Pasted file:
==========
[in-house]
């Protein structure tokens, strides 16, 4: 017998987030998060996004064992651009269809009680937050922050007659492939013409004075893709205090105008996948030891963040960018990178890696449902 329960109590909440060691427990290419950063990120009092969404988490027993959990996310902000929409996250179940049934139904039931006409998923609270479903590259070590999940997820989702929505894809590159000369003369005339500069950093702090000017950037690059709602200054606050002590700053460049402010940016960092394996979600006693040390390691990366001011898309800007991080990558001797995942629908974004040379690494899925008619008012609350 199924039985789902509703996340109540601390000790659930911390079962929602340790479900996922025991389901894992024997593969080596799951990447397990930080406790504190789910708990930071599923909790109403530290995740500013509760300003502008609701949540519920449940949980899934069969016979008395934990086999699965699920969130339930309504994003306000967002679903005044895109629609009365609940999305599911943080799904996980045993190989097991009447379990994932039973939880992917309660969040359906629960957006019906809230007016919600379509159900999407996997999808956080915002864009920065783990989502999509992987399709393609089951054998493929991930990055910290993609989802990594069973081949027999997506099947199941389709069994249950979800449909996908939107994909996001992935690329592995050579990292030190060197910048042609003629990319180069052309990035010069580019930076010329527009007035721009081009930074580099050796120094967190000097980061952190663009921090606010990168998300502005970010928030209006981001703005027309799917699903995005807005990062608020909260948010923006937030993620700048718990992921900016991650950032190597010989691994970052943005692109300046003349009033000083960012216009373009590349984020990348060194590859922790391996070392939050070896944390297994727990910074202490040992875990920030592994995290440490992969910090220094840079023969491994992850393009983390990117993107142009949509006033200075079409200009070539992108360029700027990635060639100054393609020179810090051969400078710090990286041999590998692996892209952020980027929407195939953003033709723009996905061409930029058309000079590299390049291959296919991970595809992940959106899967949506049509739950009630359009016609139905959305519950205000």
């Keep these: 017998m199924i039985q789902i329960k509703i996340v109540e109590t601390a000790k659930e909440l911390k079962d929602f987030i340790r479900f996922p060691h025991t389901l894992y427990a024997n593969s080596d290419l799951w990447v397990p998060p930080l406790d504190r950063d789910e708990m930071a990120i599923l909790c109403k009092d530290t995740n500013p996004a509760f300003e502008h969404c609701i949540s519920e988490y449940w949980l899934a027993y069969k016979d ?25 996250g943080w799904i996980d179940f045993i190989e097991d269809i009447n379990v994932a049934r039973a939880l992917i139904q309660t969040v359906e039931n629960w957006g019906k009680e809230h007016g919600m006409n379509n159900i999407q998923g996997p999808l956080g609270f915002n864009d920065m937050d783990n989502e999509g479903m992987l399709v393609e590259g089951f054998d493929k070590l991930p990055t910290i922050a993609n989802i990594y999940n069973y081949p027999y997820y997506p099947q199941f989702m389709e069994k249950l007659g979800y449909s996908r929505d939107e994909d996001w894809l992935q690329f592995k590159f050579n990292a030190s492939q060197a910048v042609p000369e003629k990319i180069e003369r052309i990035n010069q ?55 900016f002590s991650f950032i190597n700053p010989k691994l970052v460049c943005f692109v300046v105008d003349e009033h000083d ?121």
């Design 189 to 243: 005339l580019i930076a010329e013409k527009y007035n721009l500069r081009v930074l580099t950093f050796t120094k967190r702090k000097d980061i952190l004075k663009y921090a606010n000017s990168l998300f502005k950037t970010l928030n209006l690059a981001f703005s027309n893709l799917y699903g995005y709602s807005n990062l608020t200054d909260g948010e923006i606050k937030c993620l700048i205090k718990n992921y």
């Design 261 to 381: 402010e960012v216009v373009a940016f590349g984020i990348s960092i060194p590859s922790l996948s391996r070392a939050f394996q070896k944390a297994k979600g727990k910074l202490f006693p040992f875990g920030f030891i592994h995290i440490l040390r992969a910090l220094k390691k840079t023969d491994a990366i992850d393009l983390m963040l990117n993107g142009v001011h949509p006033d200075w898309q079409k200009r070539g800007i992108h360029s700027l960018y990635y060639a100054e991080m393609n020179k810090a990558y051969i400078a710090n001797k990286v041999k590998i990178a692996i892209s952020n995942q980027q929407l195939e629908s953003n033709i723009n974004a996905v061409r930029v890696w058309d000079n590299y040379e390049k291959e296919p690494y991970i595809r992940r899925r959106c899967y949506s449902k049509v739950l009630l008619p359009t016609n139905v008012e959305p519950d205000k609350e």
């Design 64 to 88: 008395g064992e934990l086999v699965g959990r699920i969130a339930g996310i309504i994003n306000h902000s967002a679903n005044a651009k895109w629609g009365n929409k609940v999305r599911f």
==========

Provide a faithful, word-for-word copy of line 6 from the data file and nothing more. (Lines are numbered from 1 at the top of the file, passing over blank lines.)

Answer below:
């Design 64 to 88: 008395g064992e934990l086999v699965g959990r699920i969130a339930g996310i309504i994003n306000h902000s967002a679903n005044a651009k895109w629609g009365n929409k609940v999305r599911f």